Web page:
The YB-60 flew for the first time on 18 April 1952 - only 12 days after the prototype's eighth J57-P-3 engine finally arrived at the Convair's Fort Worth plant. The 66-minute flight was hampered by bad weather, but 2 subsequent flights in the same month were entirely successful, the YB-60 actually displaying excellent handling charateristics. This encouraging trend, however, did not prevail.

The tests of the first aircraft continued until June 25, 1954. During the flight tests the aircraft flew for more than 40 hours and showed the following flight data: the mass of the empty aircraft was about 69,000 kg; takeoff weight - 187000 kg; with a flight mass of 118,000 kg, the maximum speed of the aircraft at an altitude of 11,800 m was 816 km / h; ceiling in the target area - 13,700 m; The combat range of action with 4540 kg of bombs is 4700 km.

Flight testing of the YB-60 officially ended on 20 January 1953, when the Air Force cancelled the second phase of the test program. Convair test-flew the first YB-60 for 66 hours, accumulated in 20 flights; the Air Force, some 15 hours, in 4 flights. By and large, test results were worrisome, because the stripped YB-60 displayed a number of deficiencies. Among them were engine surge, control system buffet, rudder flutter, and problems with the electrical engine-control system.

The B-60 program was cancelled in the summer of 1952, and testing of the stripped prototype ended in January 1953. The Air Force cancelled the B-60 program several months before the prototype testing was officially terminated. The decision was inevitable. From the start, the project's sole purpose had been to help the Air Force in its quest for a B-36 successor. In this capacity, the B-60 competed all along with the B-52. There was no official competition, but test results were irrefutable. The YB-52 demonstrated better performance and greater improvement potential than the YB-60. The YB-52's first flight on 15 April 1952-3 days ahead of the YB-60's-was an impressive success and generated great enthusiasm for the Boeing airplane.The latter was handicapped by the speed limitation imposed by structural considerations at low altitude and buffet at high altitudes. Also, the Convair prototype's stability was unsatisfactory because of the high aerodynamic forces acting upon the control surfaces and the low aileron effectiveness of the plane.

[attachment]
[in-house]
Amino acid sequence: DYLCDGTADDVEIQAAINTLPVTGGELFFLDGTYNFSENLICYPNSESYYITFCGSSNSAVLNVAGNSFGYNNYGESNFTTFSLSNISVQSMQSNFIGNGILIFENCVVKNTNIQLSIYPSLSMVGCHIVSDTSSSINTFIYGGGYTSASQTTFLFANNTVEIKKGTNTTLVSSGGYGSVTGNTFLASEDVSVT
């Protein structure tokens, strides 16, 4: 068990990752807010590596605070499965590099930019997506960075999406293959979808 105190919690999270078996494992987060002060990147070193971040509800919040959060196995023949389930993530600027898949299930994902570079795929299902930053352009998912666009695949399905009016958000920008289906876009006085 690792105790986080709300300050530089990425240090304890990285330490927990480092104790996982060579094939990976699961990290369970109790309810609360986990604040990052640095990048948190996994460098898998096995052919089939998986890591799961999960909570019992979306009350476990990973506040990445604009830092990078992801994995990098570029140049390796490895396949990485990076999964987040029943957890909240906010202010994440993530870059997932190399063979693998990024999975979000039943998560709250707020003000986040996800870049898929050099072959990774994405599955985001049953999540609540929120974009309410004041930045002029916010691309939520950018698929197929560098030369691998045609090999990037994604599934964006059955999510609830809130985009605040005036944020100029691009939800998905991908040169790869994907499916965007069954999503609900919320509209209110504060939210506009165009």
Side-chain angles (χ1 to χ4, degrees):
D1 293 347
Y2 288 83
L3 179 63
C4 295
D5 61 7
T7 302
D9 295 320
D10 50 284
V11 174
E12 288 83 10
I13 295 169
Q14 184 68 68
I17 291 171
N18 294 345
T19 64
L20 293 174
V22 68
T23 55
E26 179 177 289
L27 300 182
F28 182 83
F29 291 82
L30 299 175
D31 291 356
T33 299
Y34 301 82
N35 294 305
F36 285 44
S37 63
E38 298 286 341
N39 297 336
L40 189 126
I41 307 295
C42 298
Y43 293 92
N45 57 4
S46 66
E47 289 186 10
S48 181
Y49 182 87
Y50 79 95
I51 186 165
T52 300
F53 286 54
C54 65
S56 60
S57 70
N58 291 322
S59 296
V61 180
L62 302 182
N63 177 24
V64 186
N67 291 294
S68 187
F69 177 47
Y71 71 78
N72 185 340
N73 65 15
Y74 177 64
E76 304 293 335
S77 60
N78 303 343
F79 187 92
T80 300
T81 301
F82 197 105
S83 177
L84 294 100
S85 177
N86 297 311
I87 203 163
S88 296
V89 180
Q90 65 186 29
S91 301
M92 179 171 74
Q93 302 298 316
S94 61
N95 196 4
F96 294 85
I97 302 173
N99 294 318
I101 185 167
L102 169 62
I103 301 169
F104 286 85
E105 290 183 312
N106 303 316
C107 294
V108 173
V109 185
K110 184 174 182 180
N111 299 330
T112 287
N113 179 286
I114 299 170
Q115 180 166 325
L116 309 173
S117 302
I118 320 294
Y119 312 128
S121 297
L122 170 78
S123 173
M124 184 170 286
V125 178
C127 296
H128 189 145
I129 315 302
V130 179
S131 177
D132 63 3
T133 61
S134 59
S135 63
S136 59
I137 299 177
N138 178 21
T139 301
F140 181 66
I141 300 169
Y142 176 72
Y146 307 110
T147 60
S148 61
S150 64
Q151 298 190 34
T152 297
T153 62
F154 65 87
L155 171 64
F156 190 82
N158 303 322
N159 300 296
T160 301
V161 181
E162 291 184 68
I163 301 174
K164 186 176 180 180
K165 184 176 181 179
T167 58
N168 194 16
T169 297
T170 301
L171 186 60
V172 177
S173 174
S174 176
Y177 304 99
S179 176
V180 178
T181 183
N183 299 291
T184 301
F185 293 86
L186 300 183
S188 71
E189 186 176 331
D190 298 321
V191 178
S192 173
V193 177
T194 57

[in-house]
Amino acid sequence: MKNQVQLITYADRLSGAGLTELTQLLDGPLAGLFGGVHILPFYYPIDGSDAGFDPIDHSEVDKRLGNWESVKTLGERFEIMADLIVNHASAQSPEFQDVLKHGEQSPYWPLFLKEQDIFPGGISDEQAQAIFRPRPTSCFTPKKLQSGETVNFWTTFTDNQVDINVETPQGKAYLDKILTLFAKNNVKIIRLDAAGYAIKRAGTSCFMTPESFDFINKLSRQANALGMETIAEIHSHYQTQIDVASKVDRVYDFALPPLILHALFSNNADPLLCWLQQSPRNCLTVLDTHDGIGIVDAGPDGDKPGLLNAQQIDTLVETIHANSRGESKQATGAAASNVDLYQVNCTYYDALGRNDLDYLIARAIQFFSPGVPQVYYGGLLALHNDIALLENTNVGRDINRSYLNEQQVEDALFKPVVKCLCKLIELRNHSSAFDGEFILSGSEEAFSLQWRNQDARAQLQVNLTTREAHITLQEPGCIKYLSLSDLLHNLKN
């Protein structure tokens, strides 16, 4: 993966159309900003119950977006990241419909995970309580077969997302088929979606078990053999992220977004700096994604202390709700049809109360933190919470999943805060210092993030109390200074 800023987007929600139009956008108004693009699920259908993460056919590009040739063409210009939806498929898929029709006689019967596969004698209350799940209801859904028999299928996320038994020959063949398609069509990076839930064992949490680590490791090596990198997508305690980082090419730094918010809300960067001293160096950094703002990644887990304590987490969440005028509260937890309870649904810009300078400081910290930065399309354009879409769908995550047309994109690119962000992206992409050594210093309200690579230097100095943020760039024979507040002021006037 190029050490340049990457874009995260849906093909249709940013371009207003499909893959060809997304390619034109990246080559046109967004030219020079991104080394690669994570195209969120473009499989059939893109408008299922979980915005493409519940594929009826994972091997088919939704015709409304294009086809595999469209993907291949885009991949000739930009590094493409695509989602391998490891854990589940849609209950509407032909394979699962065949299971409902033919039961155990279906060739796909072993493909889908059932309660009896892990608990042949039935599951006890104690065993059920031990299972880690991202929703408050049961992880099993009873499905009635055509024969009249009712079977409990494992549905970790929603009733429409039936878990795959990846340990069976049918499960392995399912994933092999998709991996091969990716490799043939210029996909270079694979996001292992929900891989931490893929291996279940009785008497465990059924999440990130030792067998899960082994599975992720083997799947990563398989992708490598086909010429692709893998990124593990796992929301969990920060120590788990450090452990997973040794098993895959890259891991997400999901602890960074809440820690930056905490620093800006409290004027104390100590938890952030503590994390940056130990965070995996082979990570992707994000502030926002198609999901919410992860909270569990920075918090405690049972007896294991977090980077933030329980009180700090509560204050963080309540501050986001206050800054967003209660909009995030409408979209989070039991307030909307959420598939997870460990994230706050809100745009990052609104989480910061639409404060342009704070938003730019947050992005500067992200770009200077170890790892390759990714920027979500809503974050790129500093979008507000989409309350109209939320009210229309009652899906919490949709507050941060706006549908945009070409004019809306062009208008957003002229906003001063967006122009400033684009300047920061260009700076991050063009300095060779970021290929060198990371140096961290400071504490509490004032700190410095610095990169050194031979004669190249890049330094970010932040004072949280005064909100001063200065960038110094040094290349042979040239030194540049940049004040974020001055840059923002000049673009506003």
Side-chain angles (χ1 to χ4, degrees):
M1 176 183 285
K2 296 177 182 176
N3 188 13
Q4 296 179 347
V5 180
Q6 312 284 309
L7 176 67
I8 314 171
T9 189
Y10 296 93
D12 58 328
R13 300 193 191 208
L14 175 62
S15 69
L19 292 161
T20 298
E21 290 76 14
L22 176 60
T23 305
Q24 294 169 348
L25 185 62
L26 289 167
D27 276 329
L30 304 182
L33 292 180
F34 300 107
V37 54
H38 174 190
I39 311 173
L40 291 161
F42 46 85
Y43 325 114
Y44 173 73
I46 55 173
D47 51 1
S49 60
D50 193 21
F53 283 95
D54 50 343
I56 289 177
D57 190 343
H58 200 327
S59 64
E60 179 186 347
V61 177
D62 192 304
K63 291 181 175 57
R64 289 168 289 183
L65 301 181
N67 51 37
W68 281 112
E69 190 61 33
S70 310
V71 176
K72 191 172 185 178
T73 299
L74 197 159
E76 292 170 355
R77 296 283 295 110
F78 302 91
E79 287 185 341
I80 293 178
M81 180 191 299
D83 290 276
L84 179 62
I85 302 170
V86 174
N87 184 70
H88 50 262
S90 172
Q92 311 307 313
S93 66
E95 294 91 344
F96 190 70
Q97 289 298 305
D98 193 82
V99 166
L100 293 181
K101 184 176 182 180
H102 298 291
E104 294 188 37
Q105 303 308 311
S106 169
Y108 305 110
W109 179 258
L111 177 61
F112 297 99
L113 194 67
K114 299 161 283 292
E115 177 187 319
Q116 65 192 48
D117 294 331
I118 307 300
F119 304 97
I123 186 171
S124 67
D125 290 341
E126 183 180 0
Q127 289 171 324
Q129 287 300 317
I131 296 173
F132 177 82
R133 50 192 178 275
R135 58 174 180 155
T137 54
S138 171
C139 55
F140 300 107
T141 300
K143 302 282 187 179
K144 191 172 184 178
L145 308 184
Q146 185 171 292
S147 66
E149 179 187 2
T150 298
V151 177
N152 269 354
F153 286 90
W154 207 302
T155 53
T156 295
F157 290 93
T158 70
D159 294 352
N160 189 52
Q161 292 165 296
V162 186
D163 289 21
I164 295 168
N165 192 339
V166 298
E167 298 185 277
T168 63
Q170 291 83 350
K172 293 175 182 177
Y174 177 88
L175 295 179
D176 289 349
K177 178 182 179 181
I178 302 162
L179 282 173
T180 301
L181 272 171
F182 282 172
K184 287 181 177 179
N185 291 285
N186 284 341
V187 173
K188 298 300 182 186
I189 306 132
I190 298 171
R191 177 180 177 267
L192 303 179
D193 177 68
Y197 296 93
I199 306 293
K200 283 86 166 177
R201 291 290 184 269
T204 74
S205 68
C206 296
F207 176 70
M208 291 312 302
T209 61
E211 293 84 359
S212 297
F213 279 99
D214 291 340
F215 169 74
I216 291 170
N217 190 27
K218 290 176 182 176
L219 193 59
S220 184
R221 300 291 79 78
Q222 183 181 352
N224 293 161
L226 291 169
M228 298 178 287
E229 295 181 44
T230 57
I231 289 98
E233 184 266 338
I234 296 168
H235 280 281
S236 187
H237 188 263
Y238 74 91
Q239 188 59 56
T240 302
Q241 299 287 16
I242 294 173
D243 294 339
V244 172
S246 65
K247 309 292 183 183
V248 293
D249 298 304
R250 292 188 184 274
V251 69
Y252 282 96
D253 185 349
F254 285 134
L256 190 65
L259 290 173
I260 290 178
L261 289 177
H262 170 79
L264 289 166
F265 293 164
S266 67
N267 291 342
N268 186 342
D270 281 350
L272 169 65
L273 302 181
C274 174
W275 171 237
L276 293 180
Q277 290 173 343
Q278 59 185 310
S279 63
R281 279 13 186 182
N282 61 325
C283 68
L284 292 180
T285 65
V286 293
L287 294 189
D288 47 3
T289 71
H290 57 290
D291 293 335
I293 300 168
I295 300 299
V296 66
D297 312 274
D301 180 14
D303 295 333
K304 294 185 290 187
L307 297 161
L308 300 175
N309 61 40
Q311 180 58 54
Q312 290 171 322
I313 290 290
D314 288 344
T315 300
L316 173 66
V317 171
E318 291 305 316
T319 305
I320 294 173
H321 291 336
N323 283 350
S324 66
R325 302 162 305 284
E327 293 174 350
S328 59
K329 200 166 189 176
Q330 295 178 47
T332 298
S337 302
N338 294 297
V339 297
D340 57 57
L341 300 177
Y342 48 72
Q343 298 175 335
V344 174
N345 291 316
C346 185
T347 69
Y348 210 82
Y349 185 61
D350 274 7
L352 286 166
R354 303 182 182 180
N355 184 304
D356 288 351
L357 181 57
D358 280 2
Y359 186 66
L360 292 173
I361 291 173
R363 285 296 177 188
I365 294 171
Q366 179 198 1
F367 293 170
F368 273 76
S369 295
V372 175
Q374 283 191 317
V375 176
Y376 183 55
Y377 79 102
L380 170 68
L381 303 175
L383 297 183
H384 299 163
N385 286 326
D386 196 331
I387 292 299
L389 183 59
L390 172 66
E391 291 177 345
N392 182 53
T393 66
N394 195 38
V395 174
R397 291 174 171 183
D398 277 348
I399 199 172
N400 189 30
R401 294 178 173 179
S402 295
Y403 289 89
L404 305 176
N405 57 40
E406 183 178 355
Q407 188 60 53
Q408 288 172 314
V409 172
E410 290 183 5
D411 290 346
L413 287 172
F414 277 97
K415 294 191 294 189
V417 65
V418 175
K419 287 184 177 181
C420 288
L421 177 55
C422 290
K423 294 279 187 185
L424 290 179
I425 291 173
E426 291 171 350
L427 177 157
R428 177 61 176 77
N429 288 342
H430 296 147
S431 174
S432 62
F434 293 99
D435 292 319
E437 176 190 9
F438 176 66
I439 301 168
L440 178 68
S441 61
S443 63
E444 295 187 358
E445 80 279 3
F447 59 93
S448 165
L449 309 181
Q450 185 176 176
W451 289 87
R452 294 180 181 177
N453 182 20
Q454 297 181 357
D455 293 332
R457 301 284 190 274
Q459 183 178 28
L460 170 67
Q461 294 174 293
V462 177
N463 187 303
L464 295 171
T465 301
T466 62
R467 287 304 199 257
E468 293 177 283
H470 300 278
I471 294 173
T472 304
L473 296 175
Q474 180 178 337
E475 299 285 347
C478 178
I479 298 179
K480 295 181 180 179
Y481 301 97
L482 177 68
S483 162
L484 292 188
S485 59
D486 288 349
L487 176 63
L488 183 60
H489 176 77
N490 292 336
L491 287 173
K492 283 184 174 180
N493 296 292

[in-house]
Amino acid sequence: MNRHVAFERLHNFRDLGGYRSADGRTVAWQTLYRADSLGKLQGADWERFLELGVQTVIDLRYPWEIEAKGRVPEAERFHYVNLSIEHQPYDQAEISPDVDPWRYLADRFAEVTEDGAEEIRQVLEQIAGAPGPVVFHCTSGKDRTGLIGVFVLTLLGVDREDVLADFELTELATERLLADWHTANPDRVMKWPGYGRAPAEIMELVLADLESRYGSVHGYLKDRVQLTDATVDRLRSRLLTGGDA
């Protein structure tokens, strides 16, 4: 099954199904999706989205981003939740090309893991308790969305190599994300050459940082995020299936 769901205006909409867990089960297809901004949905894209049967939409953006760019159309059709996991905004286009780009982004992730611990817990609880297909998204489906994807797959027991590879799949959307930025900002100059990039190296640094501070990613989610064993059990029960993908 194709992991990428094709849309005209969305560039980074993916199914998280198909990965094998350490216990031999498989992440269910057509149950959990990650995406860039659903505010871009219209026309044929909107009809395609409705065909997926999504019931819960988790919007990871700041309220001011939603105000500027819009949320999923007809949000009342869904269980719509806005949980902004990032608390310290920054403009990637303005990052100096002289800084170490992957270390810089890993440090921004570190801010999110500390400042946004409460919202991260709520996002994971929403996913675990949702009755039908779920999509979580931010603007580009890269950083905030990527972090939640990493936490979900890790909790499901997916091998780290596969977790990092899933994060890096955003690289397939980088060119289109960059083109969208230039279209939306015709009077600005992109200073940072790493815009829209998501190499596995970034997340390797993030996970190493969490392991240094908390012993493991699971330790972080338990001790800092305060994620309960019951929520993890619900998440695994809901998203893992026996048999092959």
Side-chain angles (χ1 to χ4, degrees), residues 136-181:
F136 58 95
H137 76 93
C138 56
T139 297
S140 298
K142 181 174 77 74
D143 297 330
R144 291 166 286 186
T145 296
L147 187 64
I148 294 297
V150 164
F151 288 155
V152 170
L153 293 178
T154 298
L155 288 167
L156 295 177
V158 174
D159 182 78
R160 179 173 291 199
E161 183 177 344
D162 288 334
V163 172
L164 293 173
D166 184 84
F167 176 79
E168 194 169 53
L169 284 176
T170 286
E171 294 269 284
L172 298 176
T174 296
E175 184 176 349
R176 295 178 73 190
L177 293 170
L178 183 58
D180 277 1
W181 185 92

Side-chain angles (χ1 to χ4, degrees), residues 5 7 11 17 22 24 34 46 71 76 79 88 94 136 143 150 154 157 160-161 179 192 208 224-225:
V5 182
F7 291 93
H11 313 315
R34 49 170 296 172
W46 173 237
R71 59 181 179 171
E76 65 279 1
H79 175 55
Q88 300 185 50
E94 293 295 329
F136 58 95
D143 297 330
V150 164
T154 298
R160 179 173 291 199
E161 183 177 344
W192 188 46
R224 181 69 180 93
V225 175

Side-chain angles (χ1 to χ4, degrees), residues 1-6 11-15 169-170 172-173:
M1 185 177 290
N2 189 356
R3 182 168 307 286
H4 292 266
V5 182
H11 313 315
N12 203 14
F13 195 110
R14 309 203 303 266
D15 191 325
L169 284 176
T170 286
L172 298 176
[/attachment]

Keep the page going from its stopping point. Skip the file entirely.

Even so, the Air Force did not accept the 2 YB-60s before 24 June 1954. There were valid reasons for the delay. Convair truly believed, and tried to convince the Air Force, that the YB-60s should be used as experimental test-beds for turbopropeller engines. Shortage of money and the YB-60's several unsafe characteristics accounted for the Air Force's decision to turn down Convair's tempting proposal.

The second YB-60, although 93 percent complete, was not flown at all. The second machine YB-60-5 (49-2684) was completely finished by construction on July 8, 1954. The second aircraft was fully equipped with the target equipment: the new K-ZA bomber system, guns and the REB system. But by this time the Air Force made the final choice in favor of the B-52, which had the best flight data (for example, the YB-52 showed a maximum speed advantage over the B-60 of 160 km/h on tests) and, most importantly, as a completely new machine with a reserve for further development and subsequent upgrades. In connection with the curtailment of the entire program for the B-60, the work on the second aircraft was stopped even without the first flight.

A year later, the first B-52s, which became a symbol of American air power, began to supply the SAC.

The final cost of the 2 B-60 prototypes was set at $14,366,022. This figure, agreed upon by both the Air Force and the contractor on 13 October 1954, included Convair's fee, the contract termination cost, and the amount spent on the necessary minimum of spare parts.

The Air Force scrapped the 2 YB-60s before the end of June 1954.

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Page last modified: 26-08-2018 04:43:59 ZULU